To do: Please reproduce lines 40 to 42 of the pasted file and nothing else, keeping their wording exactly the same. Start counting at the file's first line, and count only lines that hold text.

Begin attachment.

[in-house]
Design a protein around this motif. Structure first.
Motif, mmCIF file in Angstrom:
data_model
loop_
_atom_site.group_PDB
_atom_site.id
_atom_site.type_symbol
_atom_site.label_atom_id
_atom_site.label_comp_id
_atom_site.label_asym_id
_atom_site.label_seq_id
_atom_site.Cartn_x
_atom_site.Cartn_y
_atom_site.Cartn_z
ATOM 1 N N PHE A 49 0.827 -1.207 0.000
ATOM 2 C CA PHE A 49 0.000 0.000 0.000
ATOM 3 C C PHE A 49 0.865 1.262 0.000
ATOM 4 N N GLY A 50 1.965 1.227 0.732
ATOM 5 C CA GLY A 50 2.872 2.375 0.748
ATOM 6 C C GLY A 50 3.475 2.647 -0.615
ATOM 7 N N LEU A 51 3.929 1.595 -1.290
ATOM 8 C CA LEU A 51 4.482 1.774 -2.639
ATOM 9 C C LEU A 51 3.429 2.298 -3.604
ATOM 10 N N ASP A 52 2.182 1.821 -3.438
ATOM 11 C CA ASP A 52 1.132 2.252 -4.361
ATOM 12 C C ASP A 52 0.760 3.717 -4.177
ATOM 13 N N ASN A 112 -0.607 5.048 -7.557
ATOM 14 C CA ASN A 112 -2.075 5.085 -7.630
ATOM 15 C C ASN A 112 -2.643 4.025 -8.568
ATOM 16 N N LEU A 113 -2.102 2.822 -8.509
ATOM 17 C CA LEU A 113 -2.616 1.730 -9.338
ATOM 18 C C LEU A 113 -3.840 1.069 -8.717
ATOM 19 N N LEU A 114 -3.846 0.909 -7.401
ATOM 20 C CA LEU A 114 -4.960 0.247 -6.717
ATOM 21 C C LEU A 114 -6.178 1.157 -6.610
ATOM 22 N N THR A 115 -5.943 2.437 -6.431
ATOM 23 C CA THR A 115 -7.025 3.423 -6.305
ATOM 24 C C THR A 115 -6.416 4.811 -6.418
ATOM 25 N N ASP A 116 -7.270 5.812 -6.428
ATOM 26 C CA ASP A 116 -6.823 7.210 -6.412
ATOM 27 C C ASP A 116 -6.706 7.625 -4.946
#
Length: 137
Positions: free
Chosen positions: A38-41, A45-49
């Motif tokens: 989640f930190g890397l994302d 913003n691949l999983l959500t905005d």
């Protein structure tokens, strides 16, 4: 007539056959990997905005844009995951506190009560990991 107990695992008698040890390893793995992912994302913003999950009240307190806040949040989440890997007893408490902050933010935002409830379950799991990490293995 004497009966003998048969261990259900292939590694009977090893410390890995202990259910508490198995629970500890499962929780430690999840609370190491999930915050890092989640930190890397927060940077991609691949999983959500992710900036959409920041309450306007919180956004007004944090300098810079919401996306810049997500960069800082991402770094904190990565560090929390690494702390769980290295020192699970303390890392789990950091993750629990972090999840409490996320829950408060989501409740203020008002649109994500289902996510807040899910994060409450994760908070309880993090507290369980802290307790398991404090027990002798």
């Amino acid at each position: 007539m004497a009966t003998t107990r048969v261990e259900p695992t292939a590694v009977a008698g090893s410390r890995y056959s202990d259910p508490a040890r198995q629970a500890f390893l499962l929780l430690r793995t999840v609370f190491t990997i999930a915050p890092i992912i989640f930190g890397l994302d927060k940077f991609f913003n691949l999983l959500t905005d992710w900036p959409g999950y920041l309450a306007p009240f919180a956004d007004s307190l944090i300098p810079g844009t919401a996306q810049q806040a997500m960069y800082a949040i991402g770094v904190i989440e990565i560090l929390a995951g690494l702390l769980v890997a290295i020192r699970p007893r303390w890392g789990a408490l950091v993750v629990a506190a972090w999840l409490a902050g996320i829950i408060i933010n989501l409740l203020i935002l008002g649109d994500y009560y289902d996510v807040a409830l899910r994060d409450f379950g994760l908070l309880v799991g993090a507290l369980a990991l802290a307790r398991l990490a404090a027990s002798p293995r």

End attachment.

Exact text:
ATOM 25 N N ASP A 116 -7.270 5.812 -6.428
ATOM 26 C CA ASP A 116 -6.823 7.210 -6.412
ATOM 27 C C ASP A 116 -6.706 7.625 -4.946